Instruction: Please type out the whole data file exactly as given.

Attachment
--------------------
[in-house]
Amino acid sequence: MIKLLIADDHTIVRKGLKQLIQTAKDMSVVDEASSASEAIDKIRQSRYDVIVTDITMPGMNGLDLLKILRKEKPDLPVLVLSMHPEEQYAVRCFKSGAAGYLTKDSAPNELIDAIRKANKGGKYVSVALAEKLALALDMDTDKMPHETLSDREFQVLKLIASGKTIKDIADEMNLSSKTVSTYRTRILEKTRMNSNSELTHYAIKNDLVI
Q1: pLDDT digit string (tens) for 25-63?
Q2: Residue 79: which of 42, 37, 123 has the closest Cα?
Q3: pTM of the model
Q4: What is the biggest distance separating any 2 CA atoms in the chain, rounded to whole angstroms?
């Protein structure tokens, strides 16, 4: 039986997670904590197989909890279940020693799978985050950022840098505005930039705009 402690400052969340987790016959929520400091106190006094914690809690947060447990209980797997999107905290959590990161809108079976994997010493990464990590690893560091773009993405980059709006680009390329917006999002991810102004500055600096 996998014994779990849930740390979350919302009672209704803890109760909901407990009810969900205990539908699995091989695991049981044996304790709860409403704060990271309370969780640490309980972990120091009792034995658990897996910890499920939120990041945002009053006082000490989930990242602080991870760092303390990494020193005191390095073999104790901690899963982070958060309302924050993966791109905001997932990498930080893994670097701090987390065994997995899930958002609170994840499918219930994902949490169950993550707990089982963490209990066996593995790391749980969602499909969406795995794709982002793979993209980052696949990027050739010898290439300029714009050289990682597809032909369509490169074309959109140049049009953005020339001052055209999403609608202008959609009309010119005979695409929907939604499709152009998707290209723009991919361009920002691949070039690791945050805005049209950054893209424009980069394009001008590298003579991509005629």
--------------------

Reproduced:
[in-house]
Amino acid sequence: MIKLLIADDHTIVRKGLKQLIQTAKDMSVVDEASSASEAIDKIRQSRYDVIVTDITMPGMNGLDLLKILRKEKPDLPVLVLSMHPEEQYAVRCFKSGAAGYLTKDSAPNELIDAIRKANKGGKYVSVALAEKLALALDMDTDKMPHETLSDREFQVLKLIASGKTIKDIADEMNLSSKTVSTYRTRILEKTRMNSNSELTHYAIKNDLVI
Q1: pLDDT digit string (tens) for 25-63?
Q2: Residue 79: which of 42, 37, 123 has the closest Cα?
Q3: pTM of the model
Q4: What is the biggest distance separating any 2 CA atoms in the chain, rounded to whole angstroms?
């Protein structure tokens, strides 16, 4: 039986997670904590197989909890279940020693799978985050950022840098505005930039705009 402690400052969340987790016959929520400091106190006094914690809690947060447990209980797997999107905290959590990161809108079976994997010493990464990590690893560091773009993405980059709006680009390329917006999002991810102004500055600096 996998014994779990849930740390979350919302009672209704803890109760909901407990009810969900205990539908699995091989695991049981044996304790709860409403704060990271309370969780640490309980972990120091009792034995658990897996910890499920939120990041945002009053006082000490989930990242602080991870760092303390990494020193005191390095073999104790901690899963982070958060309302924050993966791109905001997932990498930080893994670097701090987390065994997995899930958002609170994840499918219930994902949490169950993550707990089982963490209990066996593995790391749980969602499909969406795995794709982002793979993209980052696949990027050739010898290439300029714009050289990682597809032909369509490169074309959109140049049009953005020339001052055209999403609608202008959609009309010119005979695409929907939604499709152009998707290209723009991919361009920002691949070039690791945050805005049209950054893209424009980069394009001008590298003579991509005629």